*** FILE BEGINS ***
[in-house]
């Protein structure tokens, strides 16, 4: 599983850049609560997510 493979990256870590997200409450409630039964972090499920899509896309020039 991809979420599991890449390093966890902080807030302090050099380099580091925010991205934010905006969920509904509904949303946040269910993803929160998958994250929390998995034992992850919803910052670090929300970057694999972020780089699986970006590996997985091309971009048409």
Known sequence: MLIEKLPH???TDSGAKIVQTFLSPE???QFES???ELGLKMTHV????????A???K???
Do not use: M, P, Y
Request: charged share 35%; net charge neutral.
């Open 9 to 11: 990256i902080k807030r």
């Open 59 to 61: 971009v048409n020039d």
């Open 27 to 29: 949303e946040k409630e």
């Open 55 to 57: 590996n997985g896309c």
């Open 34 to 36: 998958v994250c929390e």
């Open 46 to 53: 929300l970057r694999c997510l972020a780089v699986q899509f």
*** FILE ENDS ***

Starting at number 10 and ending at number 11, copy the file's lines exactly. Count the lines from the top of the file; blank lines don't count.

């Open 34 to 36: 998958v994250c929390e």
């Open 46 to 53: 929300l970057r694999c997510l972020a780089v699986q899509f």